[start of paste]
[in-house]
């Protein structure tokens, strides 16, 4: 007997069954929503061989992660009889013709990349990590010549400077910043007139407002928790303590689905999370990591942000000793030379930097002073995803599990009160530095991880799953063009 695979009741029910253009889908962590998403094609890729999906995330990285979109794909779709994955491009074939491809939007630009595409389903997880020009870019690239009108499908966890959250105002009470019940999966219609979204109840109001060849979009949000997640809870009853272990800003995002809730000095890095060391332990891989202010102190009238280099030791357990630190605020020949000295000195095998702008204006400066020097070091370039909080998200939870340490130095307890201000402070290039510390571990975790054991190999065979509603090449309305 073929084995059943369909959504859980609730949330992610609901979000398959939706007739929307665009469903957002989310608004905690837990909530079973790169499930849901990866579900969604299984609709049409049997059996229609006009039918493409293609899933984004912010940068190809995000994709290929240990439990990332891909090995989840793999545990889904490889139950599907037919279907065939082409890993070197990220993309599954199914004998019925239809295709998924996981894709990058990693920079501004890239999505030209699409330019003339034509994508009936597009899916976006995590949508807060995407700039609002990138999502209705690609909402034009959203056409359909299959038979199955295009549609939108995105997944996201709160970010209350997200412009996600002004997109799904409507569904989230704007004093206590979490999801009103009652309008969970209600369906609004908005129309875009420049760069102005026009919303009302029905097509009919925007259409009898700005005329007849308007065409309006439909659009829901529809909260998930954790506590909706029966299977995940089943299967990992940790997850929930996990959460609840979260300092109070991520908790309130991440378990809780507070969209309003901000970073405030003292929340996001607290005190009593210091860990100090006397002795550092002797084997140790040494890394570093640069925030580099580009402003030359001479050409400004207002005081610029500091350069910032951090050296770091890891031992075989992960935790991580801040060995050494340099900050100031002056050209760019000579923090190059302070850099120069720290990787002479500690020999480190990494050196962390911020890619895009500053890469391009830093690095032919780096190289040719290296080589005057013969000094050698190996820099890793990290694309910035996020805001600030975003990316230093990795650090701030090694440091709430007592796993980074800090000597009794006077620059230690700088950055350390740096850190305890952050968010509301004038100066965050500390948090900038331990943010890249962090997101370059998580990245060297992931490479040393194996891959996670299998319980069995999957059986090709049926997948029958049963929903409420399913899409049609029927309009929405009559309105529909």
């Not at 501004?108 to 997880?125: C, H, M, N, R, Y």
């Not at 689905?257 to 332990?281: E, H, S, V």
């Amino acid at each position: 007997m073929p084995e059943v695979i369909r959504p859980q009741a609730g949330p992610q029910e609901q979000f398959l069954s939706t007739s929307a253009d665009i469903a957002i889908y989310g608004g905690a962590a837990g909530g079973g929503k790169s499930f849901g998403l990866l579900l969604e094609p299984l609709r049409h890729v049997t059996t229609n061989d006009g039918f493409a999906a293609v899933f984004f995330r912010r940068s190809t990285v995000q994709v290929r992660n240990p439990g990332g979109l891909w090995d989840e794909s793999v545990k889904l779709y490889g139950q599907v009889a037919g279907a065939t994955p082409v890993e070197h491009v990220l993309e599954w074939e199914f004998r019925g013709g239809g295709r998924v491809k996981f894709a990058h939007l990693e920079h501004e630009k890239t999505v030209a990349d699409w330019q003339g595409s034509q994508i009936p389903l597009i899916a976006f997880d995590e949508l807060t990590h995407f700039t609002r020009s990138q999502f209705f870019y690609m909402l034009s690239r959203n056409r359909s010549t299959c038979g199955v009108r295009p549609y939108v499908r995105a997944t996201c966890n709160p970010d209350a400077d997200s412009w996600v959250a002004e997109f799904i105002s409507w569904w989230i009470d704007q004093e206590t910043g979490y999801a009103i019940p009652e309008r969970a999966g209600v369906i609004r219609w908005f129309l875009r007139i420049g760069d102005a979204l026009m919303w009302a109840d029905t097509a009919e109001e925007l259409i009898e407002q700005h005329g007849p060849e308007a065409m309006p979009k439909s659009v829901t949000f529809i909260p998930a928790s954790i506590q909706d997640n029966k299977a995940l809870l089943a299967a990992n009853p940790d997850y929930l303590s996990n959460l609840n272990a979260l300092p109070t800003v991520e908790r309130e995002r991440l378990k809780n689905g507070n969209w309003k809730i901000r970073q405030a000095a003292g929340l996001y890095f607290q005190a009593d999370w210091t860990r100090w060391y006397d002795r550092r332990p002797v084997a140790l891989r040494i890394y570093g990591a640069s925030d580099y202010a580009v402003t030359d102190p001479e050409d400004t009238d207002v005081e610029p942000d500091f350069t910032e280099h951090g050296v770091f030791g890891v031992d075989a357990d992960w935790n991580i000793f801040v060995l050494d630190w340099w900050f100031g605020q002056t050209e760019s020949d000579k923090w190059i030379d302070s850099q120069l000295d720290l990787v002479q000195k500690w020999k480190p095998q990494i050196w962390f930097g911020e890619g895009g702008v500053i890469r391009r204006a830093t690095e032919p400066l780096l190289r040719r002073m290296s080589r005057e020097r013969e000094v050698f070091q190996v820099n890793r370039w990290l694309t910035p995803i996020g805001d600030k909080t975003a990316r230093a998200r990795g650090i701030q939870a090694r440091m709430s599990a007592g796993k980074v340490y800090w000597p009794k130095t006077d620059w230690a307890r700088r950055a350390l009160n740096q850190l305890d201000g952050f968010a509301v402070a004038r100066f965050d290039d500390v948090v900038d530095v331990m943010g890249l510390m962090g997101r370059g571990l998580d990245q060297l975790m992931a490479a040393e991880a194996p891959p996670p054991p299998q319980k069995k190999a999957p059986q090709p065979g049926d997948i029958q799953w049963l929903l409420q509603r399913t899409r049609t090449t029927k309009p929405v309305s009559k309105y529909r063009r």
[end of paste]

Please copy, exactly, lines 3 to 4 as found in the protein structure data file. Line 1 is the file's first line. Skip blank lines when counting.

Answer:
């Not at 501004?108 to 997880?125: C, H, M, N, R, Y």
């Not at 689905?257 to 332990?281: E, H, S, V």